Now that I know autism better I am so grateful that my family didn’t treat me as autistic. I am grateful that my diagnosis didn’t change my life. I am grateful that I was able to develop in the way I needed to in order to become the person I am today. And I only hope that others will be as lucky as I was.

Dr. Jekyll and Mr. Hyde

The past month or so has been really hard for me. I’ve been struggling with breaking down, feeling of worth, and just generally doing what I normally do on a daily basis. I don’t exactly know why these things happen. I don’t know what triggers my feelings of depression and lethargy, but I know that when I feel like that it is almost like I’ve gone to sleep. It’s like a part of me is gone for a while, like I went to sleep and part of me just stayed in bed.

And then one day… I wake up.

I can’t explain how or why it happens but it’s like I come back to myself. Like another post I wrote a few weeks ago about a strange feeling I had when I wandered half asleep to the bathroom and felt like a part of me was lost. I felt scared that it would never come back and then it did and everything was okay again.  Only this time it took a lot longer for that part of me to come back.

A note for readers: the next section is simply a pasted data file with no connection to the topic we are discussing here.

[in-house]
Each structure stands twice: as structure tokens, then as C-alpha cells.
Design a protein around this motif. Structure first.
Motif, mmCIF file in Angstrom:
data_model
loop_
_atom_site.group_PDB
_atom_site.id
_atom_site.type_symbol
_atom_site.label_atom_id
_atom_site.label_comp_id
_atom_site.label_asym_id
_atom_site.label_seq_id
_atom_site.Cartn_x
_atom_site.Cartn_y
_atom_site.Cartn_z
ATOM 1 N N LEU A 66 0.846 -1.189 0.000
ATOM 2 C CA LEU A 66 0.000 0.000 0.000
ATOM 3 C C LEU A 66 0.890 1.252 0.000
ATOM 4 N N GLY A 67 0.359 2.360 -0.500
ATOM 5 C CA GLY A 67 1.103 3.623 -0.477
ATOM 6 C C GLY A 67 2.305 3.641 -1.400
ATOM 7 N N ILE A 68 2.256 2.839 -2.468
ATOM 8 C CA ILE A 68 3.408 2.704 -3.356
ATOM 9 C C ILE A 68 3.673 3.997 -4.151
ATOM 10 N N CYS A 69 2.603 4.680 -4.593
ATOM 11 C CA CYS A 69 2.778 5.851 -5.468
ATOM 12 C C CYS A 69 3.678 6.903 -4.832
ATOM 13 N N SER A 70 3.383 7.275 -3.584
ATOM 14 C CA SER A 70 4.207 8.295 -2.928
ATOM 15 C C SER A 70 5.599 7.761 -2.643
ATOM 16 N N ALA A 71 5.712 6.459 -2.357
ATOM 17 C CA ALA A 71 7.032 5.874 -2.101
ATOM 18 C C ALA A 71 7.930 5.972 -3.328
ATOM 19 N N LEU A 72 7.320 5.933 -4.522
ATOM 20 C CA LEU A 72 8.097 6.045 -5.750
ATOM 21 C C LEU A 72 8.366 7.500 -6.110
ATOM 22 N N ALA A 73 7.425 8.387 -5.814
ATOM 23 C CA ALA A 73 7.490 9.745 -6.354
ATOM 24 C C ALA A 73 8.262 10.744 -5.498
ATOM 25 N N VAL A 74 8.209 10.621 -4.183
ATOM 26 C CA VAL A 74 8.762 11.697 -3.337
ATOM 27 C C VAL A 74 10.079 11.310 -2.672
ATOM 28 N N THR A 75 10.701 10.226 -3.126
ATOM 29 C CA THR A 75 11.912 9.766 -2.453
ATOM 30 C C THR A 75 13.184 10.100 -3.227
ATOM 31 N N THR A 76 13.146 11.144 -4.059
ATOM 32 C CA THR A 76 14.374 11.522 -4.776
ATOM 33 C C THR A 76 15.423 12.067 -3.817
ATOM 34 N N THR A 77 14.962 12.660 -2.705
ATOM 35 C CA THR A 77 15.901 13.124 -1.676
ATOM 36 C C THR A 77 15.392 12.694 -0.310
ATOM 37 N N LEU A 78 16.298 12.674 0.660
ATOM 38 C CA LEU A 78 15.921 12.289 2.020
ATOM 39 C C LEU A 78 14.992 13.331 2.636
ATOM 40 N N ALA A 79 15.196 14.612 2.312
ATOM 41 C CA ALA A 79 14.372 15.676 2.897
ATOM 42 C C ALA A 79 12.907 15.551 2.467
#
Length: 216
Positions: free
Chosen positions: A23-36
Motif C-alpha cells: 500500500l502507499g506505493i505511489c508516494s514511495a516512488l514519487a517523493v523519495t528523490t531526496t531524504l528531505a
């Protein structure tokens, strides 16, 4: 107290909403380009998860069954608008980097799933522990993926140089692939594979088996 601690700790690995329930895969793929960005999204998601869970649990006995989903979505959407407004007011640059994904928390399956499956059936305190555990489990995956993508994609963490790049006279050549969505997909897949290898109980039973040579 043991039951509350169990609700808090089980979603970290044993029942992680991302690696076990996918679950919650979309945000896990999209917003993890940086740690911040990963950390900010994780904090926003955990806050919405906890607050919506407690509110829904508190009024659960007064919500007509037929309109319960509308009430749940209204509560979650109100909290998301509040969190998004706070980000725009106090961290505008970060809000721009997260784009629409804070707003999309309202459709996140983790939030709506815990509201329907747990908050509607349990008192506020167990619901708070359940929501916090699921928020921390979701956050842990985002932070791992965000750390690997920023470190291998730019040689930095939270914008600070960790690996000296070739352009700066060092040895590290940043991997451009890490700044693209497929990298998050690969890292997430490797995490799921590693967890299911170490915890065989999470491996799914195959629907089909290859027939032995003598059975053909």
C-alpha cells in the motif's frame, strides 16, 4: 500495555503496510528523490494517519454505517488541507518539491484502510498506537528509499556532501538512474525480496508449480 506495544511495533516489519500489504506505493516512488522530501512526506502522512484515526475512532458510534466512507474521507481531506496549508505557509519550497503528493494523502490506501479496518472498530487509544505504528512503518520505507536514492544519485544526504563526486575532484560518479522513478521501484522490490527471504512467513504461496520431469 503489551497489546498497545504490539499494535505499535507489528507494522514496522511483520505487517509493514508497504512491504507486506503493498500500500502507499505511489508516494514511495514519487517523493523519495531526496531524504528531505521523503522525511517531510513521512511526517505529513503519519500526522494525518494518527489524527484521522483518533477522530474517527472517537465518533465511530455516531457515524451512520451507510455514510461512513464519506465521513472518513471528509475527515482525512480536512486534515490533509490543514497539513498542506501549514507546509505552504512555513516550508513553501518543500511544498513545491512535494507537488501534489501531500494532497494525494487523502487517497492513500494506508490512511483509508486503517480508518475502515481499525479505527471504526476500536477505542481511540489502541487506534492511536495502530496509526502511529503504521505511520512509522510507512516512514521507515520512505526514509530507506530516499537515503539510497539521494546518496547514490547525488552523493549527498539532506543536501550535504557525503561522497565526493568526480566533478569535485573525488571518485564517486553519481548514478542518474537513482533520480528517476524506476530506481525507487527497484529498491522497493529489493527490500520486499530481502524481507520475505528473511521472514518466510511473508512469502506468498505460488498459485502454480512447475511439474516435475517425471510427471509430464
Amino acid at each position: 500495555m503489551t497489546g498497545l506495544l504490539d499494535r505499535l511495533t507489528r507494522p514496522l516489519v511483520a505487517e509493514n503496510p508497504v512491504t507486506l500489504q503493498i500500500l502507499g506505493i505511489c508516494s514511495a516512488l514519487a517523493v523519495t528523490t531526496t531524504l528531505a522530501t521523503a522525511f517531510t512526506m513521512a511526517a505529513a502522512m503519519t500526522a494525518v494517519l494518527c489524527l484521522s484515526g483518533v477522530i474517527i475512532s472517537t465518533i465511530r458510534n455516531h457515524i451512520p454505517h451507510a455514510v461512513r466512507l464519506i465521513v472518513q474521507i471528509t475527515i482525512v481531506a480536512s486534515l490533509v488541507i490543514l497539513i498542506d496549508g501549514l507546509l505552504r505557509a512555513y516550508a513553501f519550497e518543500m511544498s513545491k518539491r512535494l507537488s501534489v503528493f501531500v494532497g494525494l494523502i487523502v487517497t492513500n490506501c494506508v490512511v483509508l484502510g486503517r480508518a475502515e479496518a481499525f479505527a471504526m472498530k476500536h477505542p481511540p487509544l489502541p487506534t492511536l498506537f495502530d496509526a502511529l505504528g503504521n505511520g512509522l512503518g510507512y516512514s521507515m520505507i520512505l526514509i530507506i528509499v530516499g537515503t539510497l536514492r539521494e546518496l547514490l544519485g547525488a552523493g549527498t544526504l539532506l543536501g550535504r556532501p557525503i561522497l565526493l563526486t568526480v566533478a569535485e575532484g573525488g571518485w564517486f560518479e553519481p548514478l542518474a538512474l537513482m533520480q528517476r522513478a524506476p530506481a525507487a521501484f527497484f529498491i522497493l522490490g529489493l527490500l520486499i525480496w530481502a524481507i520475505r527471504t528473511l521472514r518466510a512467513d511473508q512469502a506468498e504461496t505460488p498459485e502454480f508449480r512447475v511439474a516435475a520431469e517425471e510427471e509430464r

This isn’t the first time this has happened and it probably won’t be the last. But it is interesting to look back and see the difference. It is interesting to see who I’ve been over the past month or so and who I am now. It is almost like I’ve been two different people.

And I feel bad. I feel bad about what that different person has done. I feel bad about the mistakes I made and the hurt I may have caused. And it reminds me of all the other times that this has happened and the brokenness it has left behind me. I wish I could go back and fix it all, but I can’t. Life just doesn’t work like that.

Maybe this time though I can learn something from it… Maybe this time I can find a way to fix it… And maybe next time I can find a way to keep Mr. Hyde from hurting the ones I love.